Of course, there are plenty of shops, although Stauffacher likes to describe them more as boutiques. Get flowers and home decor at Brenda’s Blumenladen, Polish pottery at the Bramble Patch, antiques at Lollygag, home accents at Sisters and clothing at Railroad Street Boutique.

Brandi’s Bridal Galleria Etc. brings in people from miles away.
Those who love history often check out the Chalet of the Golden Fleece and the Swiss Historical Village and Museum, which shows off the way of life for the original Swiss settlers.

The visit isn’t complete without a trip to one of the village’s many authentic restaurants, including the Chalet Landhaus, the New Glarus Hotel and the Glarner Stube, all of which serve Swiss cuisine like fondue, sauerbraten, wienerschnitzel and kalberwurst.

Travelers can work off those big meals with a bike ride on two crushed gravel trails: The 40-mile Badger State Trail and the 23-mile Sugar River Trail. They can also play 18 holes at the Edelweiss Chalet Country Club.

Or, you can take a drive or hike through New Glarus Woods, a 435-acre state park that offers camping, hiking, picnicking and snowshoeing.

Stauffacher says there are 93 sleeping rooms available between the motel and hotel, and roughly 40-50 more within 5 miles of town at various bed-and-breakfasts.

“It’s just such a charming little town,” she adds. “There’s a lot to explore. It’s like a little European escape.”
To learn more about New Glarus, go to swisstown.com.

Peoria attracts visitors with large events and smaller-scale recreational activities, such as rock climbing at First Ascent Climbing & Fitness.

Your Ticket to Fun Starts at the River

By Randy Ruef

There’s plenty to see and do in Peoria, a city of 115,000 located in north-central Illinois along the banks of the Illinois River.

“A trip south down I-39 is well worth the time to enjoy the benefits of Peoria,” says Ashley Randall, public relations coordinator at Enjoy Peoria. “We have all the amenities of a major city, minus the traffic and high prices. The Peoria area is budget-friendly and accommodating for families.”

One of the first highlights is the Peoria Riverfront Museum, the only multi-disciplinary museum in the country. It includes a planetarium and a giant-screen movie theater, along with nationally recognized exhibits. Explore the history of Peoria, size up your skills against the state’s top athletes at the Illinois High School Association Peak Performance exhibit, and reflect on history at the Peoria Holocaust Memorial.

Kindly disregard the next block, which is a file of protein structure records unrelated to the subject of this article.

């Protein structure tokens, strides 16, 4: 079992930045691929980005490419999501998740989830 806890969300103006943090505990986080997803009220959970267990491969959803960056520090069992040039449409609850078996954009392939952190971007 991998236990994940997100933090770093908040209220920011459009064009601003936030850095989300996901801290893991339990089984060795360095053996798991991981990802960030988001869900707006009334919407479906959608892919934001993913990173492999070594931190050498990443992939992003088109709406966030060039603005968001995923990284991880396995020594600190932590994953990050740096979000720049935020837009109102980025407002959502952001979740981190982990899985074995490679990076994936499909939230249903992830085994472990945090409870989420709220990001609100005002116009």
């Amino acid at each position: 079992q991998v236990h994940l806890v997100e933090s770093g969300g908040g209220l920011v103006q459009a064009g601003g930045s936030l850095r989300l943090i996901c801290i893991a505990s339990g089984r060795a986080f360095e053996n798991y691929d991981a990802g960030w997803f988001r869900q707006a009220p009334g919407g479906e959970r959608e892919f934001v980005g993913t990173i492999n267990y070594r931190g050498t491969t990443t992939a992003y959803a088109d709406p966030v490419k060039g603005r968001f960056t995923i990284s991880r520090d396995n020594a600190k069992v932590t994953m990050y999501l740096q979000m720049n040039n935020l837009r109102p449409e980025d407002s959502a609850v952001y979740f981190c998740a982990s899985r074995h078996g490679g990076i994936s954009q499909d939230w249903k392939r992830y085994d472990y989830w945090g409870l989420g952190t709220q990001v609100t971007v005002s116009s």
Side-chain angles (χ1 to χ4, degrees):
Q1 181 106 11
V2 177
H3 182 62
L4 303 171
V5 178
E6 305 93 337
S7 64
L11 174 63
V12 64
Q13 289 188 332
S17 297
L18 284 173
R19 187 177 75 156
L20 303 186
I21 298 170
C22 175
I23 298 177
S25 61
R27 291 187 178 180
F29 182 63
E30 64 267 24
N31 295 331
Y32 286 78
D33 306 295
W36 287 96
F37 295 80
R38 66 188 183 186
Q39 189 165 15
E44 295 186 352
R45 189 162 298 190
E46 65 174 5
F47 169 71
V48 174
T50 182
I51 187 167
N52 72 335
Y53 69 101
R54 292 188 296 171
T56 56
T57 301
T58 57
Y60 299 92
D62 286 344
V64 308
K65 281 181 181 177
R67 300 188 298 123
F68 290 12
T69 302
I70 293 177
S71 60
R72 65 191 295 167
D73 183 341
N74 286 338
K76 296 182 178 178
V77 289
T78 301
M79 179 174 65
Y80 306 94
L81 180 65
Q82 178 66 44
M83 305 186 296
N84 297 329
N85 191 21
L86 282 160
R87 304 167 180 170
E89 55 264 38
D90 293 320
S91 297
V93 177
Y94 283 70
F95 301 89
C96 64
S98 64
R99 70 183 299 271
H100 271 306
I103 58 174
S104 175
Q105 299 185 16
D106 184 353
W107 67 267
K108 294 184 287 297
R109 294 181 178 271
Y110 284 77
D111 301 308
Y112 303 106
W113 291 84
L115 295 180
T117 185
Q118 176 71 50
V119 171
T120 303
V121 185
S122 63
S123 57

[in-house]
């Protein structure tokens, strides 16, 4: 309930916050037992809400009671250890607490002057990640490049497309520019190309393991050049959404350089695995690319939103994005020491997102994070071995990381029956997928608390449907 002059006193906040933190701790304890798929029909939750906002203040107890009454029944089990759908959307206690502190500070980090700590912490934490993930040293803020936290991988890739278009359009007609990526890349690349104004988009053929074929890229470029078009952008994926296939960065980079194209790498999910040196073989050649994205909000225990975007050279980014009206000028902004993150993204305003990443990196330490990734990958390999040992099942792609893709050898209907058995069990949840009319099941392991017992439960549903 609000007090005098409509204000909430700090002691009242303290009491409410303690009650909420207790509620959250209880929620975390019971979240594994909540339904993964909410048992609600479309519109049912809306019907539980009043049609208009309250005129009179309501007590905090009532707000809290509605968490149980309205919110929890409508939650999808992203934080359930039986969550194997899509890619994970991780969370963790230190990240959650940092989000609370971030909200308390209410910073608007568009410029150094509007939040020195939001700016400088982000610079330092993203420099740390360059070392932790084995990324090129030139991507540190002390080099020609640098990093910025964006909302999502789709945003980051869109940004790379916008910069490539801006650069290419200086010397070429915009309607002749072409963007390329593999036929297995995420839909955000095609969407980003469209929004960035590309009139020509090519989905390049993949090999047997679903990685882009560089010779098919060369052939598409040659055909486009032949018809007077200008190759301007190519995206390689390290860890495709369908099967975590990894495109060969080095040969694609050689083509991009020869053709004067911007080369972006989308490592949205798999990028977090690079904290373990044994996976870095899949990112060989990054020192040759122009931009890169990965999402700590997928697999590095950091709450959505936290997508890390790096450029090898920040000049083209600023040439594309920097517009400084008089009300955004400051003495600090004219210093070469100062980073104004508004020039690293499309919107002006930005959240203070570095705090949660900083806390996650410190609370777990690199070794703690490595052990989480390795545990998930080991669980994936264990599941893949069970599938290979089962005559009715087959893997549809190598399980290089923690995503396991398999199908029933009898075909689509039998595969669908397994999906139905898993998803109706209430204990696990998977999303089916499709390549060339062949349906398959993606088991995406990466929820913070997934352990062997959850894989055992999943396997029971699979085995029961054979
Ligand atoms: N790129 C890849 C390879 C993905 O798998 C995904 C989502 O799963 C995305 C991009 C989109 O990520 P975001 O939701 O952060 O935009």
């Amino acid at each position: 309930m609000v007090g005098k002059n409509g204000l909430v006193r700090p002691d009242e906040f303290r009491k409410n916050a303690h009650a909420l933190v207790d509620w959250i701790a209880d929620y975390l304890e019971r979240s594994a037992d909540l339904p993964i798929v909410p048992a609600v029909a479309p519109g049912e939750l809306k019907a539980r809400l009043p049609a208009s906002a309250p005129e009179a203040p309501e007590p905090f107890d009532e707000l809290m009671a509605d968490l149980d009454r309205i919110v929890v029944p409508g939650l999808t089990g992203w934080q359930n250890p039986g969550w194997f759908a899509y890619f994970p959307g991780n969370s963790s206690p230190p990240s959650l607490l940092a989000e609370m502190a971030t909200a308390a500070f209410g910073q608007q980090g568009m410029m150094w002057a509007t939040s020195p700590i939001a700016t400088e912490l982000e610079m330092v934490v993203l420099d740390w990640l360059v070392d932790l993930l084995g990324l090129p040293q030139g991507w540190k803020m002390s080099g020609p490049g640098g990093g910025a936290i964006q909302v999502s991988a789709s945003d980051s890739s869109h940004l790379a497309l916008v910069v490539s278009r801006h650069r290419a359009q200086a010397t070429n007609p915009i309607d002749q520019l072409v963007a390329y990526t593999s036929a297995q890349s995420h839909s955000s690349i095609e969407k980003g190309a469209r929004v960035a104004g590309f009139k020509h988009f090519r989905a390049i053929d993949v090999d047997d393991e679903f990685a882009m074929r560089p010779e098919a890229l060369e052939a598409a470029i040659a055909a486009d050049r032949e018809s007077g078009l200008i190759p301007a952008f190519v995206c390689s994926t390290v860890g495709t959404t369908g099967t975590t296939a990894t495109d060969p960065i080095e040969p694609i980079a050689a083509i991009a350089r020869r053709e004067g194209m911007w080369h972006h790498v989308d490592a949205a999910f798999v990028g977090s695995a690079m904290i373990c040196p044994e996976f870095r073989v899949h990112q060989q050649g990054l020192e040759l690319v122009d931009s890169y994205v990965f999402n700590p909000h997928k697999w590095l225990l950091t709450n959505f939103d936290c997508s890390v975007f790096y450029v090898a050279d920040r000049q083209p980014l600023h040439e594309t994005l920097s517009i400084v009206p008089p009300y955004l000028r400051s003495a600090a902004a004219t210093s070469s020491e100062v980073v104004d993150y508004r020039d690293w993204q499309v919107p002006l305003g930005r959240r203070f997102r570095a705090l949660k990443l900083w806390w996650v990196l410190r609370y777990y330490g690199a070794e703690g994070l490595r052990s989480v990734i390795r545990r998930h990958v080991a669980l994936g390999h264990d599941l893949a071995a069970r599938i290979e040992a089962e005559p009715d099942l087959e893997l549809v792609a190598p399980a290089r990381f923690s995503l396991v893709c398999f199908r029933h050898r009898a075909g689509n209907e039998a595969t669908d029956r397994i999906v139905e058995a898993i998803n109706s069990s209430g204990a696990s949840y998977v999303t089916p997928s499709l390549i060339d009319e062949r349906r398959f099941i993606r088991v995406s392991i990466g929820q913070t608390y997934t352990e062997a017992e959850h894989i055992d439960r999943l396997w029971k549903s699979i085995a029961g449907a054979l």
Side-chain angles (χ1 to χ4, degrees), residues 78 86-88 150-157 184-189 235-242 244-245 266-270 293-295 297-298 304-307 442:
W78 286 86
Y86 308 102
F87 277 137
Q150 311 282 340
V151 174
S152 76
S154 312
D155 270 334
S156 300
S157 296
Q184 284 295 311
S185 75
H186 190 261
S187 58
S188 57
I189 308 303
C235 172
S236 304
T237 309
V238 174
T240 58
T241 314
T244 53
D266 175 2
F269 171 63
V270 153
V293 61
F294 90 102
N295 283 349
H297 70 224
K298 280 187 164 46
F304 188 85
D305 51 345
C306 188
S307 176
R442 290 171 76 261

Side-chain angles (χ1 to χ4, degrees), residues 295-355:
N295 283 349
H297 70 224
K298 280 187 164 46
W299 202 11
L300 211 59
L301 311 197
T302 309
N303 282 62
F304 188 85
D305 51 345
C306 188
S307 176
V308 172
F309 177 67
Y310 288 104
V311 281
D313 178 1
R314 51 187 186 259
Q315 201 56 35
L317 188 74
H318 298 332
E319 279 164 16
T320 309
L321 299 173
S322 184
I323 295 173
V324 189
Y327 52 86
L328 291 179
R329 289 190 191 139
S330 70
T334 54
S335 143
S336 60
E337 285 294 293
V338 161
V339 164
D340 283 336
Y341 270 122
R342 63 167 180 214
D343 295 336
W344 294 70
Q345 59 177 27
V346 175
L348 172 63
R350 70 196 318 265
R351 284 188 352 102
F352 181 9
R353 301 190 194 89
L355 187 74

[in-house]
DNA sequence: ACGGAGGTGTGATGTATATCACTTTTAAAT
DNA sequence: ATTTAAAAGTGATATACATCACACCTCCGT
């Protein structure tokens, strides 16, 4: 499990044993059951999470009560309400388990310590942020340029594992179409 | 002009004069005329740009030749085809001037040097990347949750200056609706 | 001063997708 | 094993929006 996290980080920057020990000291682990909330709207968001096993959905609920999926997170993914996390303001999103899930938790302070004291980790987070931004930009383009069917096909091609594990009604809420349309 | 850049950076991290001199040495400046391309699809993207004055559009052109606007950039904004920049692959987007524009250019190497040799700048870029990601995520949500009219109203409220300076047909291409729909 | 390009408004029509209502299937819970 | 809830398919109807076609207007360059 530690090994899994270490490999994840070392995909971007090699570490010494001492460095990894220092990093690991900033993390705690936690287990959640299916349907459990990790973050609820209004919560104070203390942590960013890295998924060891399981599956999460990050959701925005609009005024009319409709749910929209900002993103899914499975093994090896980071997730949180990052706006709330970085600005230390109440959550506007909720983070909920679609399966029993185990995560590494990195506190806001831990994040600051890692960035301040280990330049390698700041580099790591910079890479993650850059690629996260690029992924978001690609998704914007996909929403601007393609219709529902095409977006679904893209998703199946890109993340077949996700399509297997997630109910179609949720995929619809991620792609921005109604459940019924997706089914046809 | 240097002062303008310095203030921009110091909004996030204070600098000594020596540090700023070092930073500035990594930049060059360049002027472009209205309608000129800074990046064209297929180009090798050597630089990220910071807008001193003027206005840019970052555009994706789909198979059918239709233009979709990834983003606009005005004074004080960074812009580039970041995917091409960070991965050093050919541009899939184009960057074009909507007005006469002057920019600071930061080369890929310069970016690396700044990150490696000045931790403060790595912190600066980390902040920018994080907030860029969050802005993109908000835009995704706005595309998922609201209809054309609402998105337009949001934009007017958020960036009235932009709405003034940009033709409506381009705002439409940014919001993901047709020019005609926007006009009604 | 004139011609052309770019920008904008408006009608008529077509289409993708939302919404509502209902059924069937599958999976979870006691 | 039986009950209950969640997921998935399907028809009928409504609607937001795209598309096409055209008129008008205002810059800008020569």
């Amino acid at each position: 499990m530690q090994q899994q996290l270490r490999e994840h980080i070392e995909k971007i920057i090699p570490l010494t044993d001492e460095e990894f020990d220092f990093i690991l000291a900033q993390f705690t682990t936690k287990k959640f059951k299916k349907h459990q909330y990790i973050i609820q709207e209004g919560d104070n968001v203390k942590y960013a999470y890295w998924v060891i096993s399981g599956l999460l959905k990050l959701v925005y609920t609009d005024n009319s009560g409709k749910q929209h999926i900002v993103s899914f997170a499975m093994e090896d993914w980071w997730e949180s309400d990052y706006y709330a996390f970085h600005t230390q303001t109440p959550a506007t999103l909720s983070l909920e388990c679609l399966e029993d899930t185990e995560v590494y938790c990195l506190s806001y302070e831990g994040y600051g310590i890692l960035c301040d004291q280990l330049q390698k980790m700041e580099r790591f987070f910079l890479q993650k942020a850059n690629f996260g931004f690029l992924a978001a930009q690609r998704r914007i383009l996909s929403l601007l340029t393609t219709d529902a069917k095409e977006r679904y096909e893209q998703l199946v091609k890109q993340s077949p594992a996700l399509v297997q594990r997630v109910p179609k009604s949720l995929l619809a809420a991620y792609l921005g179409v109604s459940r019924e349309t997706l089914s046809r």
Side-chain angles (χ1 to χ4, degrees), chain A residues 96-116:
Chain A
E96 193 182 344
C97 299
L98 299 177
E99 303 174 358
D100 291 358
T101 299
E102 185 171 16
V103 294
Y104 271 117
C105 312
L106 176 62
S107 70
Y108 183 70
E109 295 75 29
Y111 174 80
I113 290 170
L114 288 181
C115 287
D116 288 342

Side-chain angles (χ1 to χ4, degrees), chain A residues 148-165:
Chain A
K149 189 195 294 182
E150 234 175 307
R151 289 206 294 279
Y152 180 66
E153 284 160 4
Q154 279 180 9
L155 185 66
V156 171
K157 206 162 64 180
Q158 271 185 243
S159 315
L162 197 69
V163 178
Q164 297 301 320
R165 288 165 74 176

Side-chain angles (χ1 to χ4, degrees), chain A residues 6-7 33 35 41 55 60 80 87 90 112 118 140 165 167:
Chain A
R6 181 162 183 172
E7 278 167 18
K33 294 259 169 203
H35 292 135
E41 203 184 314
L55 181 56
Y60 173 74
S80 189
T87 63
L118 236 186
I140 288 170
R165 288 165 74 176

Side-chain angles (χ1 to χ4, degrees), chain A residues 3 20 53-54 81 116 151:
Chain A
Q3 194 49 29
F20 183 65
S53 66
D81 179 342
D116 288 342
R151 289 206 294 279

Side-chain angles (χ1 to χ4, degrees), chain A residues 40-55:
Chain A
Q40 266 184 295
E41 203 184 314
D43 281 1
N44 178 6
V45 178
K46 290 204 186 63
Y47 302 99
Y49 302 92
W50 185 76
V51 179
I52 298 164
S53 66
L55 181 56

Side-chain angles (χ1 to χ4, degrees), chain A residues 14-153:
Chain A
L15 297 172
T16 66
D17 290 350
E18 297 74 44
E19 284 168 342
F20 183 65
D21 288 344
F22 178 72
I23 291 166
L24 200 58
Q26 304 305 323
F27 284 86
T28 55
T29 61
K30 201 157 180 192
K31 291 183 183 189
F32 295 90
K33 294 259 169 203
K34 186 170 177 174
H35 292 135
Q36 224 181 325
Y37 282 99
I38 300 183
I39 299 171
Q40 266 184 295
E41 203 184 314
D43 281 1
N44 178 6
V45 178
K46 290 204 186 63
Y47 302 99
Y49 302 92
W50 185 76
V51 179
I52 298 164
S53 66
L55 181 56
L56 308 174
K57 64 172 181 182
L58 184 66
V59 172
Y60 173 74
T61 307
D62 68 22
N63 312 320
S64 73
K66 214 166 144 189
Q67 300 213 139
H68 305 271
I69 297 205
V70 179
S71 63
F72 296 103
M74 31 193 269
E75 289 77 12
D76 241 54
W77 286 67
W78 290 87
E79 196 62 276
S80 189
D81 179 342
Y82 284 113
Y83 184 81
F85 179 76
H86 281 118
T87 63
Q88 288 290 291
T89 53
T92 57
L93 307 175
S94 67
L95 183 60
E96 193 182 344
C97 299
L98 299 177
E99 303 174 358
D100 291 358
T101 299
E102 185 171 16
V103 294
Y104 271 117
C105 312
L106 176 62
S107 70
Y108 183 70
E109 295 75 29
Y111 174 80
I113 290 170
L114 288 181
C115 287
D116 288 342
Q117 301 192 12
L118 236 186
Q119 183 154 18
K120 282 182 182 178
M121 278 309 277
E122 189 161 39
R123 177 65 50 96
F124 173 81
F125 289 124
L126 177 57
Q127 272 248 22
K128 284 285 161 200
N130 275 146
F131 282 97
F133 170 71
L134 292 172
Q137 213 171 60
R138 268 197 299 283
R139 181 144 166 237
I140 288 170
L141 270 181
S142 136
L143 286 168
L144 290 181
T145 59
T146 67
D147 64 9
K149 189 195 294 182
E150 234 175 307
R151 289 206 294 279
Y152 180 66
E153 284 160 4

Hometown of manufacturing giant Caterpillar Inc., Peoria’s must-see attraction for sightseers is the Doug Oberhelman Caterpillar Visitors Center, located next door to the Riverfront Museum. Enjoy a virtual ride in the bed of a massive two-and-a-half story Cat 797F Mining Truck, design your own Cat machine, and test your skills as an operator on the simulators.

The city’s park district features 12 area golf courses, along with numerous disc golf courses that played host to the 2019 Disc Golf World Championships.

Forest Park Nature Center boasts 7 miles of hiking over 500 acres of a completely wooded area. And Donovan Park, a former golf course, houses the Northmoor Observatory with free public viewings from dusk to 11 p.m. every cloudless Saturday between May and October.

There’s even more parkland to explore this year with the introduction of Sankoty Lakes, an outdoor resort featuring a mile-long man-made trout stream, 20 glamour camping sites, an RV park, and space for hunting, bird watching, kayaking, canoeing, swimming and scuba diving. It’s located just upriver from Peoria at Spring Bay.

Music lovers will want to check out the Summer Camp Music Festival in nearby Chillicothe late this spring. This year’s event is May 22-24 and is expected to host more than 50 musical acts.

These are just some of the attractions that have helped to grow Peoria’s tourism numbers for eight consecutive years, bringing in $656 million last year alone.

It’s not just the big parks and events that draw the tourists. Peoria offers several smaller-scale opportunities for all ages to enjoy. They include:

• First Ascent Climbing & Fitness, which features indoor rock climbing.
• Gone Axe Throwing, whose name pretty much says it all. (“Think darts, but lumberjack style,” Randall says.)